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Enter “com.example.apple-samplecode.ManagedAppConfig” as the bundle identifier, assuming you haven’t changed it from the value in Apple’s code. The command will be queued.

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Once it has completed success, just click the Show Details option.

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Et Voila, you’ll see a PList formatted document containing two keys, which contains the values in the UI.

If you are interested in testing your own Enterprise apps, you can sign up to TestMDM for free and get one hours free trial.

If you have any questions or comments, please email me tomas@coldbear.co.uk or leave a comment below.

usage of my Blackwall tunnel app this week

I just published an update to my Blackwall Tunnel app. The update was approved on Friday and data is now flowing into Flurry.

I checked it this morning and was presented with a very interesting graph.

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The app was obviously tested by Apple on the 3rd of March, as I can see some activity. It then took three days to make it into the App Store. Yesterday, which was a Saturday, showed 25 sessions. As today is Sunday, I’m not sure how many sessions I can expect, but I’m very interested to see how many sessions happening during the week.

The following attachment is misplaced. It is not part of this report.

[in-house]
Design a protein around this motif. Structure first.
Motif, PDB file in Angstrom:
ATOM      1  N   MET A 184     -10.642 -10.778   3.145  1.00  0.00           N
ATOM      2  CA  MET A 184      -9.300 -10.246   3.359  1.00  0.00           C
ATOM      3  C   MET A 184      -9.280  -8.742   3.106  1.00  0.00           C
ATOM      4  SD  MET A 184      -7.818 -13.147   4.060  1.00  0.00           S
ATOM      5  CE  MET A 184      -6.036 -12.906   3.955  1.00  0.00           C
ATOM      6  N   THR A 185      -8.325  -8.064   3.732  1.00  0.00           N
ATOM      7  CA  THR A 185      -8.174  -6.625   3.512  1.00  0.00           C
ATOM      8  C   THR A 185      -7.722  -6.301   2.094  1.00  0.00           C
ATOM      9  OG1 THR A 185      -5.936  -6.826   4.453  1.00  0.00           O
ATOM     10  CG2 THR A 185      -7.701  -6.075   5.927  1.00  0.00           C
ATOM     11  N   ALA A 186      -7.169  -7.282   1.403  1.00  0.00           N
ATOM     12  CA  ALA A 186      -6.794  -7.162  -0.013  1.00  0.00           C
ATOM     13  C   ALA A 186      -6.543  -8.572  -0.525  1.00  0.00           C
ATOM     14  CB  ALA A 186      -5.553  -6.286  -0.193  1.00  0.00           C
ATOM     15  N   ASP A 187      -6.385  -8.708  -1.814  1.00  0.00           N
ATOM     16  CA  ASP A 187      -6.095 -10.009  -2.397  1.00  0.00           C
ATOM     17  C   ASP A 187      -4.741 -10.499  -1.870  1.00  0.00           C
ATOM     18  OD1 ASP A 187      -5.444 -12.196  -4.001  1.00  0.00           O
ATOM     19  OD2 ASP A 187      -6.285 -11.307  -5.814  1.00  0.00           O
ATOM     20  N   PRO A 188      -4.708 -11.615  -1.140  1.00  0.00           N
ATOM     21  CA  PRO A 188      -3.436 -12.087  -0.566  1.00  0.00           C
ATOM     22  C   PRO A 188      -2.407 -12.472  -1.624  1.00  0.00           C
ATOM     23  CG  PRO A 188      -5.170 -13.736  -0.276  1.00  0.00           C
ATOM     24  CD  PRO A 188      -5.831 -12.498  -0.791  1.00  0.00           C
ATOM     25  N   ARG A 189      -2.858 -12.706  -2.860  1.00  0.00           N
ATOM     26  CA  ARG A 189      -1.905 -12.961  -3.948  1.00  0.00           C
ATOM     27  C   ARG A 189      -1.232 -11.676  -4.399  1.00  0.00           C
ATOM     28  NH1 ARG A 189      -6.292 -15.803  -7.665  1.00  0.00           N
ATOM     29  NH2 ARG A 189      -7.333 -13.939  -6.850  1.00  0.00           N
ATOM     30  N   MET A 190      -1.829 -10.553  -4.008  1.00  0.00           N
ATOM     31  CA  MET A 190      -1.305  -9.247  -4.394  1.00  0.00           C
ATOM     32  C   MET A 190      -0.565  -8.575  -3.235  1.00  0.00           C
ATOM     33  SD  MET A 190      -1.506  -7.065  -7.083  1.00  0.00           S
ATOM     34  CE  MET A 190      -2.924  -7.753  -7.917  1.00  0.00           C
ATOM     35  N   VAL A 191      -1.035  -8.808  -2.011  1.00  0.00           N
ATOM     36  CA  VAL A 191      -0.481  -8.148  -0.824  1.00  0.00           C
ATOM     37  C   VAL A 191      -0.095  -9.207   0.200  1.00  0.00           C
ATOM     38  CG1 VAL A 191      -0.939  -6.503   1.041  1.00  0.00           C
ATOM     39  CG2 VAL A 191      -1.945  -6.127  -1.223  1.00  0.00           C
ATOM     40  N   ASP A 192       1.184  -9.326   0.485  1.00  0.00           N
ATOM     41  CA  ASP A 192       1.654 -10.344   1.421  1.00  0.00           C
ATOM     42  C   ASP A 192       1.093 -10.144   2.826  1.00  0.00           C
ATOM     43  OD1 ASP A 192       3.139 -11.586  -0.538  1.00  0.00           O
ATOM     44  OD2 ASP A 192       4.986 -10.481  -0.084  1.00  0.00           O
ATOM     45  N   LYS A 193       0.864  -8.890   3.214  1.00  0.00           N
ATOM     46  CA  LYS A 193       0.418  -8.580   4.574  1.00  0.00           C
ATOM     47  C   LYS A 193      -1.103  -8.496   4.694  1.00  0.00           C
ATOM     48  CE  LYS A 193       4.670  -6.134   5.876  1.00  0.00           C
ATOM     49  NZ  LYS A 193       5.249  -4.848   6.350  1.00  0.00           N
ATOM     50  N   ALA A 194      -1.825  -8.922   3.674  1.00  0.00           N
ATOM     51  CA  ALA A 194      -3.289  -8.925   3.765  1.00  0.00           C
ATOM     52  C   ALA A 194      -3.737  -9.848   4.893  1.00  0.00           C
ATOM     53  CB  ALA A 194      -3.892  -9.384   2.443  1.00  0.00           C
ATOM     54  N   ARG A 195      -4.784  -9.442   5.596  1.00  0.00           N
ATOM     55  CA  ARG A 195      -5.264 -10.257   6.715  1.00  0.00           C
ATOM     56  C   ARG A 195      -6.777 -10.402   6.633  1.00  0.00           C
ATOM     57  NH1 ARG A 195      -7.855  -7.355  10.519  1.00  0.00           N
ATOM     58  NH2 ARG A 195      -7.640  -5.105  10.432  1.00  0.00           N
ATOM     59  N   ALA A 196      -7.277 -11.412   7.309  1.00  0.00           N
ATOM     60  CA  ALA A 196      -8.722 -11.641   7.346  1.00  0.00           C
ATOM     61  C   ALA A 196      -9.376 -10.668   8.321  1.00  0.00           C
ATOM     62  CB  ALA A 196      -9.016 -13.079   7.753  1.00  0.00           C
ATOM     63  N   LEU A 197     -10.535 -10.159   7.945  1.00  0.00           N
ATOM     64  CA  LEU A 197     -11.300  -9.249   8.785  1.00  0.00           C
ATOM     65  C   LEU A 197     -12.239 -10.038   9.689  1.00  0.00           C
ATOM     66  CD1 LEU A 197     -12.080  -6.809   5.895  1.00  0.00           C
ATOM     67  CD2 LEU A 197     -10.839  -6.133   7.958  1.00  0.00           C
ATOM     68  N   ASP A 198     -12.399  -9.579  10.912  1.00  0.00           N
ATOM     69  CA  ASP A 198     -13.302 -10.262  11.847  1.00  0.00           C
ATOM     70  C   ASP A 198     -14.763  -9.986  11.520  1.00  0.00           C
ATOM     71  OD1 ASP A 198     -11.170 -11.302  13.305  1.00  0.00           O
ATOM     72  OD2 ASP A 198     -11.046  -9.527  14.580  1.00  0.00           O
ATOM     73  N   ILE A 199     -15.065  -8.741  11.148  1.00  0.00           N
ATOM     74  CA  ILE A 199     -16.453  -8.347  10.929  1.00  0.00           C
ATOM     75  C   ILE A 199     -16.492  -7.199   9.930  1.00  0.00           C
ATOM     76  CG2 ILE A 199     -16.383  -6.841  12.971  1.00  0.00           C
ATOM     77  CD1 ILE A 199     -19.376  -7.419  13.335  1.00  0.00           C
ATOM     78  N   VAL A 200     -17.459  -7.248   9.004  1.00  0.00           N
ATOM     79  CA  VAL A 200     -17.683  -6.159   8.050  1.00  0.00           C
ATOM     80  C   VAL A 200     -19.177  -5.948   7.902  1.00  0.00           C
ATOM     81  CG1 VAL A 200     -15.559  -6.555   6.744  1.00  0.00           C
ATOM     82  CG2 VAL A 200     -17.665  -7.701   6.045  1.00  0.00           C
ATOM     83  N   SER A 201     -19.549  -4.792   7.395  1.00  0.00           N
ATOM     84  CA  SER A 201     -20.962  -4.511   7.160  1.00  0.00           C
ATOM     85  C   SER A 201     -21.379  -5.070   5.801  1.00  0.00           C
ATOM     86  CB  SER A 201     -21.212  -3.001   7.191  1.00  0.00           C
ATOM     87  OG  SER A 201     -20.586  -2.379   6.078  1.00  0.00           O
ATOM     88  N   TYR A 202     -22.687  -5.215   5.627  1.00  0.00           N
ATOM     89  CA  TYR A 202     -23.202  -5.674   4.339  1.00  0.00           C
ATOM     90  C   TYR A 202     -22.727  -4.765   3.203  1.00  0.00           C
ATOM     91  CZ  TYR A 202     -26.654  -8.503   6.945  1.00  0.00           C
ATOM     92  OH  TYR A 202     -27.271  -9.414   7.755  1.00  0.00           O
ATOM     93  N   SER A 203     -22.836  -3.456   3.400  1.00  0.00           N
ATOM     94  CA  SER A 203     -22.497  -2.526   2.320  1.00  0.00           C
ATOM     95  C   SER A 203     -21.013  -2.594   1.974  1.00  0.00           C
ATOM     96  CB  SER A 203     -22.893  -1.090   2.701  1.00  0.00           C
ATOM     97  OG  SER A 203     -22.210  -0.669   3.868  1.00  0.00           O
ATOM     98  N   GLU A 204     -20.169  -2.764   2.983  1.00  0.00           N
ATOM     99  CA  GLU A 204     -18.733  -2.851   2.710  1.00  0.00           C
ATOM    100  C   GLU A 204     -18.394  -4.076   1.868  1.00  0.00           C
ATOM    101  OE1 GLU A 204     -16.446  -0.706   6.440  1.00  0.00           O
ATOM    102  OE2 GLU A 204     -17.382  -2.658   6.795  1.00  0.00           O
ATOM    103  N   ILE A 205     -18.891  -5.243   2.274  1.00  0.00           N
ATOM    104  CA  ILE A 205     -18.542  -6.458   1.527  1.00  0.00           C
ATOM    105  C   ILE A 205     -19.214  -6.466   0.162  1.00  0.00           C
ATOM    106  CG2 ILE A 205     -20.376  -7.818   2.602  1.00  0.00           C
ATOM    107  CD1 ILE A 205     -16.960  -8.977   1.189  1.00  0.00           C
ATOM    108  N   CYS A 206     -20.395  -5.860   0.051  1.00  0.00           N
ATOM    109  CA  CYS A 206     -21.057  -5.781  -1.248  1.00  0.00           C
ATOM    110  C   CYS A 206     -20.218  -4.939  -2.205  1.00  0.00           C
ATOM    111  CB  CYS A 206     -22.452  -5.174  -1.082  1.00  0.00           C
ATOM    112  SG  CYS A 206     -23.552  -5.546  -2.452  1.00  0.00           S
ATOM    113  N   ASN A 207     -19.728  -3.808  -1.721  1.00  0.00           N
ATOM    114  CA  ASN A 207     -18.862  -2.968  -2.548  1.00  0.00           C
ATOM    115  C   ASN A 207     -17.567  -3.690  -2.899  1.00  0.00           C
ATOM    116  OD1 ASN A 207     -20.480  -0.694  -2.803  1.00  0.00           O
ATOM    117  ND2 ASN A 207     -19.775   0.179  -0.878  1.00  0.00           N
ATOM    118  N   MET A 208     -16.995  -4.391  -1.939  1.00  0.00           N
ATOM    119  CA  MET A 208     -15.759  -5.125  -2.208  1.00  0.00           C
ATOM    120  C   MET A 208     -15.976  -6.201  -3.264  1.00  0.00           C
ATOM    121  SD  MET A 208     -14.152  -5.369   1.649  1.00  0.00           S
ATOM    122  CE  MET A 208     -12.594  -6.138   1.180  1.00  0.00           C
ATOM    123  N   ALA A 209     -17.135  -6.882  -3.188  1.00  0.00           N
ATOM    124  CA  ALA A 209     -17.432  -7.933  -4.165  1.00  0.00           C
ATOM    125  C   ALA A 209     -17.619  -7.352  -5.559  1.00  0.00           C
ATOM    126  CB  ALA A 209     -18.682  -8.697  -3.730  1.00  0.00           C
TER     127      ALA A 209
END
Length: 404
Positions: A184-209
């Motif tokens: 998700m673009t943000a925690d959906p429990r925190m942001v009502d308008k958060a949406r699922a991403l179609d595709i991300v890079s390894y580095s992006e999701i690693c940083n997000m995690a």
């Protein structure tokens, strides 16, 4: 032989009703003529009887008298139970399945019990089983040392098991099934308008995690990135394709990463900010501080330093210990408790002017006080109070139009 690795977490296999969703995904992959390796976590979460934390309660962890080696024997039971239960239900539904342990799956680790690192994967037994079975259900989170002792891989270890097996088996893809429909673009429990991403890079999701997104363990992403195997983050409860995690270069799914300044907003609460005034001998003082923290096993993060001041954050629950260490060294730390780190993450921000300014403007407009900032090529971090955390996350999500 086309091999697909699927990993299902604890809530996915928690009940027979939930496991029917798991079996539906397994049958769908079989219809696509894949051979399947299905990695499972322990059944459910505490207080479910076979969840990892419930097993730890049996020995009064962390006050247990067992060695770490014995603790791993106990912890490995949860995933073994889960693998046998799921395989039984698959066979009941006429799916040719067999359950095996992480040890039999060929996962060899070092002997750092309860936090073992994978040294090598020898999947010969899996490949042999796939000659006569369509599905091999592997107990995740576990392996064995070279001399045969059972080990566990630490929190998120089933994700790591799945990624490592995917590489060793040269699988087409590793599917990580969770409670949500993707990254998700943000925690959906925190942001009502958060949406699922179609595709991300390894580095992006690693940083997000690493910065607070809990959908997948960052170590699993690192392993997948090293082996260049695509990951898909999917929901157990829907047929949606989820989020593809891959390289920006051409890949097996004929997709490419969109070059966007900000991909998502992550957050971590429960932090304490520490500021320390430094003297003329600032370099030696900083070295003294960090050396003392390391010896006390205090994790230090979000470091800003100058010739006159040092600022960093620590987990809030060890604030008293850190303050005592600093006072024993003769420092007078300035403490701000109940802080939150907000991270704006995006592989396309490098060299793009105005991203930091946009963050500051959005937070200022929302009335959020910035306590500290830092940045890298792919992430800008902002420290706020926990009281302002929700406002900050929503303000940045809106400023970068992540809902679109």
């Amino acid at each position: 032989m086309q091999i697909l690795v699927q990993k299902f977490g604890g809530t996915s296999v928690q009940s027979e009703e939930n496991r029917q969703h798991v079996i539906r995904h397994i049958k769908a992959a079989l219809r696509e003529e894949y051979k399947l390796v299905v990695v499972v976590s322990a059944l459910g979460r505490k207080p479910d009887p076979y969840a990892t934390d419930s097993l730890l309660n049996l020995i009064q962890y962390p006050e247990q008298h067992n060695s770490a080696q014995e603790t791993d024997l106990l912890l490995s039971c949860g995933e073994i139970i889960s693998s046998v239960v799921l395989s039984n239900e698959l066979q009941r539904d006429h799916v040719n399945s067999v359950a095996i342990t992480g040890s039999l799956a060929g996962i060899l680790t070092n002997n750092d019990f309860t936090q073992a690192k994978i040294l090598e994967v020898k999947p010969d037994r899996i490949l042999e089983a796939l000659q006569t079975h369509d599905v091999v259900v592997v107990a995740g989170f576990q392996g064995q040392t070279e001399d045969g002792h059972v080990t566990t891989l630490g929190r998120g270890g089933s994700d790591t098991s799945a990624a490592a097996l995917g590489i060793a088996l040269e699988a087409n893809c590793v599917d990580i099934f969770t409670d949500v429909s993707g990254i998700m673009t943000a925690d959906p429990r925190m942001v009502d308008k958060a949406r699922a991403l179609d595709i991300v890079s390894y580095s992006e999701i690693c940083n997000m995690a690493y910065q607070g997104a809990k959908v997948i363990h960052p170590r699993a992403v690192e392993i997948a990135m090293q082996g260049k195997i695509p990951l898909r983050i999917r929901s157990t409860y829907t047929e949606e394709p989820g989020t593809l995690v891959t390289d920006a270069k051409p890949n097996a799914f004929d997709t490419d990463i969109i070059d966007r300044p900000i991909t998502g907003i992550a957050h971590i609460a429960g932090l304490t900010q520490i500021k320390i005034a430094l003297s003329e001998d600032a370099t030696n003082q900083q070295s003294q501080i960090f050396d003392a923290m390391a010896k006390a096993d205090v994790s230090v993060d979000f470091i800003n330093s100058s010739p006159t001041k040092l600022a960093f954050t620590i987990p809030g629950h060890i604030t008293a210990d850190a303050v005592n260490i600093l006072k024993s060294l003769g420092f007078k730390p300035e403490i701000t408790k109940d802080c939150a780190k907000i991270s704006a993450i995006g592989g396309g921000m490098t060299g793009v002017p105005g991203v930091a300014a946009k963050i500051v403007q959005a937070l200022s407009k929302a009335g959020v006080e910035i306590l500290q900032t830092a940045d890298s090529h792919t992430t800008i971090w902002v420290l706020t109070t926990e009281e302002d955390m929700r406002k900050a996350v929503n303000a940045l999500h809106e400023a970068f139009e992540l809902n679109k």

I have also made push notifications free and I hope this helps improve the number of sessions as people should launch the app when a notification is generated. I’m hoping to fund the app using advertising, but I’m not sure if that’s even possible, so I need to get the app onto the phones of a few thousand people in order to see what sort of revenue it will generate.

Exploring Apple’s Managedappconfig demo

Having created TestMDM, I’ve had a few people try to experiment with Apple’s ManagedAppConfig sample. This sample is used in their WWDC video on iOS 7’s Enterprise features and demonstrates how to used Managed App Configuration to control a URL and a UISwitch.

Unfortunately, Apple don’t provide anything more than an XCode project, so it’s hard to understand how you’re supposed to evaluate and test the code. This is what this blog post hopes to show. I’ll be using my TestMDM (http://www.testmdmapp.com) service to perform the installation and configuration, but any MDM that supports iOS 7 will be able to do the same thing.